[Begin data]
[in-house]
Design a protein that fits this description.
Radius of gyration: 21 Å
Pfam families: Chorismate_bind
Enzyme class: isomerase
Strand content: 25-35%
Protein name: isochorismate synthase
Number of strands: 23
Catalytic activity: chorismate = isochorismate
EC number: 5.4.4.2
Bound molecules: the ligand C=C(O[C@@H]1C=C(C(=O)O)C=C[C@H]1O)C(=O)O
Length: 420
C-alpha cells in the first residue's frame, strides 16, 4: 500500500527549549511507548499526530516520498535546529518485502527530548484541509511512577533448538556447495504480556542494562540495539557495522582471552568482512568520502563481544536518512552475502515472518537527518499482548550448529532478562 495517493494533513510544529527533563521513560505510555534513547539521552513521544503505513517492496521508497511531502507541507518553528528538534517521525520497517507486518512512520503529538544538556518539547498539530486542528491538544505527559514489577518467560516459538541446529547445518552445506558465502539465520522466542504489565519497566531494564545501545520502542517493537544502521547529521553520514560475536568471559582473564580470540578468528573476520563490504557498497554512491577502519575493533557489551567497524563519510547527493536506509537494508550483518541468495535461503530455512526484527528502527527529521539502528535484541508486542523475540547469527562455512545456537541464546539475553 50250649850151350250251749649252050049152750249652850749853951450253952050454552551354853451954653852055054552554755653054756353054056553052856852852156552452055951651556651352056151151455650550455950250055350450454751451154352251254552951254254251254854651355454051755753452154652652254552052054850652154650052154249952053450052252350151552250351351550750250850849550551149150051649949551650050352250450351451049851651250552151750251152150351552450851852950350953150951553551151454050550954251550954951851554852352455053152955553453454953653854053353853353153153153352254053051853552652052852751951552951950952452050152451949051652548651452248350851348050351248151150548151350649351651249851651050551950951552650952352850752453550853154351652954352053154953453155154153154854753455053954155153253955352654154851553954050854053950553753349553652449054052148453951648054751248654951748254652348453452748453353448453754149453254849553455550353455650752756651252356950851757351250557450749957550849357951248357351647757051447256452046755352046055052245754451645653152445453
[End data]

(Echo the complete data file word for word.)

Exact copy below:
[in-house]
Design a protein that fits this description.
Radius of gyration: 21 Å
Pfam families: Chorismate_bind
Enzyme class: isomerase
Strand content: 25-35%
Protein name: isochorismate synthase
Number of strands: 23
Catalytic activity: chorismate = isochorismate
EC number: 5.4.4.2
Bound molecules: the ligand C=C(O[C@@H]1C=C(C(=O)O)C=C[C@H]1O)C(=O)O
Length: 420
C-alpha cells in the first residue's frame, strides 16, 4: 500500500527549549511507548499526530516520498535546529518485502527530548484541509511512577533448538556447495504480556542494562540495539557495522582471552568482512568520502563481544536518512552475502515472518537527518499482548550448529532478562 495517493494533513510544529527533563521513560505510555534513547539521552513521544503505513517492496521508497511531502507541507518553528528538534517521525520497517507486518512512520503529538544538556518539547498539530486542528491538544505527559514489577518467560516459538541446529547445518552445506558465502539465520522466542504489565519497566531494564545501545520502542517493537544502521547529521553520514560475536568471559582473564580470540578468528573476520563490504557498497554512491577502519575493533557489551567497524563519510547527493536506509537494508550483518541468495535461503530455512526484527528502527527529521539502528535484541508486542523475540547469527562455512545456537541464546539475553 50250649850151350250251749649252050049152750249652850749853951450253952050454552551354853451954653852055054552554755653054756353054056553052856852852156552452055951651556651352056151151455650550455950250055350450454751451154352251254552951254254251254854651355454051755753452154652652254552052054850652154650052154249952053450052252350151552250351351550750250850849550551149150051649949551650050352250450351451049851651250552151750251152150351552450851852950350953150951553551151454050550954251550954951851554852352455053152955553453454953653854053353853353153153153352254053051853552652052852751951552951950952452050152451949051652548651452248350851348050351248151150548151350649351651249851651050551950951552650952352850752453550853154351652954352053154953453155154153154854753455053954155153253955352654154851553954050854053950553753349553652449054052148453951648054751248654951748254652348453452748453353448453754149453254849553455550353455650752756651252356950851757351250557450749957550849357951248357351647757051447256452046755352046055052245754451645653152445453